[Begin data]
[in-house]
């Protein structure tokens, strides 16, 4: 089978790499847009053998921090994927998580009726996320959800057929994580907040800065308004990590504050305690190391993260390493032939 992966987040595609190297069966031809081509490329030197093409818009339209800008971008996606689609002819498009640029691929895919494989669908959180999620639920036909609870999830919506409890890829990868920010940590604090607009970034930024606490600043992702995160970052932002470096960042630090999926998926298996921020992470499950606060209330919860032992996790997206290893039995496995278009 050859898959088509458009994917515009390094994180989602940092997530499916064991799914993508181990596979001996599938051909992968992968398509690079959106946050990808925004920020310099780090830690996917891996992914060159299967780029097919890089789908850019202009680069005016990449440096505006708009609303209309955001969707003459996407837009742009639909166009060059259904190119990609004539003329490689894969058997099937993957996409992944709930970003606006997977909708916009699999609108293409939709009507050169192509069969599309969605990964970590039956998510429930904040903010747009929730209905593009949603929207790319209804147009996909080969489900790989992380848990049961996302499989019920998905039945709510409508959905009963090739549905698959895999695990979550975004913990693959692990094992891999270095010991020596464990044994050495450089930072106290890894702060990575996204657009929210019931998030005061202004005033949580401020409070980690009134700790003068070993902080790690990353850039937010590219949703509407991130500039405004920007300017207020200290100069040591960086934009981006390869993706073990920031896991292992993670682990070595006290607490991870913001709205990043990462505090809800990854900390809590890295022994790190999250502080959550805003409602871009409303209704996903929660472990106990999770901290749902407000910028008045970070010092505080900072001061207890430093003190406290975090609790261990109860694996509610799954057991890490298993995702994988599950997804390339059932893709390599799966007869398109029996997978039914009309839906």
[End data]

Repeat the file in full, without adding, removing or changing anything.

[in-house]
């Protein structure tokens, strides 16, 4: 089978790499847009053998921090994927998580009726996320959800057929994580907040800065308004990590504050305690190391993260390493032939 992966987040595609190297069966031809081509490329030197093409818009339209800008971008996606689609002819498009640029691929895919494989669908959180999620639920036909609870999830919506409890890829990868920010940590604090607009970034930024606490600043992702995160970052932002470096960042630090999926998926298996921020992470499950606060209330919860032992996790997206290893039995496995278009 050859898959088509458009994917515009390094994180989602940092997530499916064991799914993508181990596979001996599938051909992968992968398509690079959106946050990808925004920020310099780090830690996917891996992914060159299967780029097919890089789908850019202009680069005016990449440096505006708009609303209309955001969707003459996407837009742009639909166009060059259904190119990609004539003329490689894969058997099937993957996409992944709930970003606006997977909708916009699999609108293409939709009507050169192509069969599309969605990964970590039956998510429930904040903010747009929730209905593009949603929207790319209804147009996909080969489900790989992380848990049961996302499989019920998905039945709510409508959905009963090739549905698959895999695990979550975004913990693959692990094992891999270095010991020596464990044994050495450089930072106290890894702060990575996204657009929210019931998030005061202004005033949580401020409070980690009134700790003068070993902080790690990353850039937010590219949703509407991130500039405004920007300017207020200290100069040591960086934009981006390869993706073990920031896991292992993670682990070595006290607490991870913001709205990043990462505090809800990854900390809590890295022994790190999250502080959550805003409602871009409303209704996903929660472990106990999770901290749902407000910028008045970070010092505080900072001061207890430093003190406290975090609790261990109860694996509610799954057991890490298993995702994988599950997804390339059932893709390599799966007869398109029996997978039914009309839906």